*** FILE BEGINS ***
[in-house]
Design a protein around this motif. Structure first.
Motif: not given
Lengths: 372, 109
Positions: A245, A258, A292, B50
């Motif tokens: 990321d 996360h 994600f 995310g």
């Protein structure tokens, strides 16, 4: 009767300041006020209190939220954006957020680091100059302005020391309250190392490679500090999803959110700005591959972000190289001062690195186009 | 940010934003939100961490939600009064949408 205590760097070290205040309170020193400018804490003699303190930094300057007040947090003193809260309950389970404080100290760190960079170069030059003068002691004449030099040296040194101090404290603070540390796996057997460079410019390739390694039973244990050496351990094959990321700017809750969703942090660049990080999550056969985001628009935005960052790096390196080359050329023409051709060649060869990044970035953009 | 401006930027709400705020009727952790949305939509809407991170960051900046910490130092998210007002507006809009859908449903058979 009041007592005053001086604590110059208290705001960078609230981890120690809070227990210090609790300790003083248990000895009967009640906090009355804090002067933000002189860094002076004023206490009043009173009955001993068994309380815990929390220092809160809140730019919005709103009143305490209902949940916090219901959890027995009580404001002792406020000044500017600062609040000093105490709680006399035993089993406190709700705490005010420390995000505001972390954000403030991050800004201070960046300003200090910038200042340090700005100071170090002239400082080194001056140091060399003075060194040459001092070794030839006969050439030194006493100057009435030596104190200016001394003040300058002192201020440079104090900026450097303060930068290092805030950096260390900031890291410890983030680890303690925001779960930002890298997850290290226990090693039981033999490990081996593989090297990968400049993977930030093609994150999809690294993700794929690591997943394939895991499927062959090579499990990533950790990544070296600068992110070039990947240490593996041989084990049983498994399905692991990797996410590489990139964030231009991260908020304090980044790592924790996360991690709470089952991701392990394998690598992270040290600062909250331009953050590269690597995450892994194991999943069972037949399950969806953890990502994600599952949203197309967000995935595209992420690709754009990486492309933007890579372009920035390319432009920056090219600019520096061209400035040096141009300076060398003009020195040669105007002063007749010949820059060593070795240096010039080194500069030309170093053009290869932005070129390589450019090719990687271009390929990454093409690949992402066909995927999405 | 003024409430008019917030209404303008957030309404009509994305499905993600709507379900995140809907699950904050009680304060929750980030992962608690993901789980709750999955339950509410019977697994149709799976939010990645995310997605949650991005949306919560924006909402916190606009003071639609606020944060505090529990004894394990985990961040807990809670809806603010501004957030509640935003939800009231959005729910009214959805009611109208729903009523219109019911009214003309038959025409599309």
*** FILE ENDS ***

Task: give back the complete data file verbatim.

[in-house]
Design a protein around this motif. Structure first.
Motif: not given
Lengths: 372, 109
Positions: A245, A258, A292, B50
């Motif tokens: 990321d 996360h 994600f 995310g």
């Protein structure tokens, strides 16, 4: 009767300041006020209190939220954006957020680091100059302005020391309250190392490679500090999803959110700005591959972000190289001062690195186009 | 940010934003939100961490939600009064949408 205590760097070290205040309170020193400018804490003699303190930094300057007040947090003193809260309950389970404080100290760190960079170069030059003068002691004449030099040296040194101090404290603070540390796996057997460079410019390739390694039973244990050496351990094959990321700017809750969703942090660049990080999550056969985001628009935005960052790096390196080359050329023409051709060649060869990044970035953009 | 401006930027709400705020009727952790949305939509809407991170960051900046910490130092998210007002507006809009859908449903058979 009041007592005053001086604590110059208290705001960078609230981890120690809070227990210090609790300790003083248990000895009967009640906090009355804090002067933000002189860094002076004023206490009043009173009955001993068994309380815990929390220092809160809140730019919005709103009143305490209902949940916090219901959890027995009580404001002792406020000044500017600062609040000093105490709680006399035993089993406190709700705490005010420390995000505001972390954000403030991050800004201070960046300003200090910038200042340090700005100071170090002239400082080194001056140091060399003075060194040459001092070794030839006969050439030194006493100057009435030596104190200016001394003040300058002192201020440079104090900026450097303060930068290092805030950096260390900031890291410890983030680890303690925001779960930002890298997850290290226990090693039981033999490990081996593989090297990968400049993977930030093609994150999809690294993700794929690591997943394939895991499927062959090579499990990533950790990544070296600068992110070039990947240490593996041989084990049983498994399905692991990797996410590489990139964030231009991260908020304090980044790592924790996360991690709470089952991701392990394998690598992270040290600062909250331009953050590269690597995450892994194991999943069972037949399950969806953890990502994600599952949203197309967000995935595209992420690709754009990486492309933007890579372009920035390319432009920056090219600019520096061209400035040096141009300076060398003009020195040669105007002063007749010949820059060593070795240096010039080194500069030309170093053009290869932005070129390589450019090719990687271009390929990454093409690949992402066909995927999405 | 003024409430008019917030209404303008957030309404009509994305499905993600709507379900995140809907699950904050009680304060929750980030992962608690993901789980709750999955339950509410019977697994149709799976939010990645995310997605949650991005949306919560924006909402916190606009003071639609606020944060505090529990004894394990985990961040807990809670809806603010501004957030509640935003939800009231959005729910009214959805009611109208729903009523219109019911009214003309038959025409599309």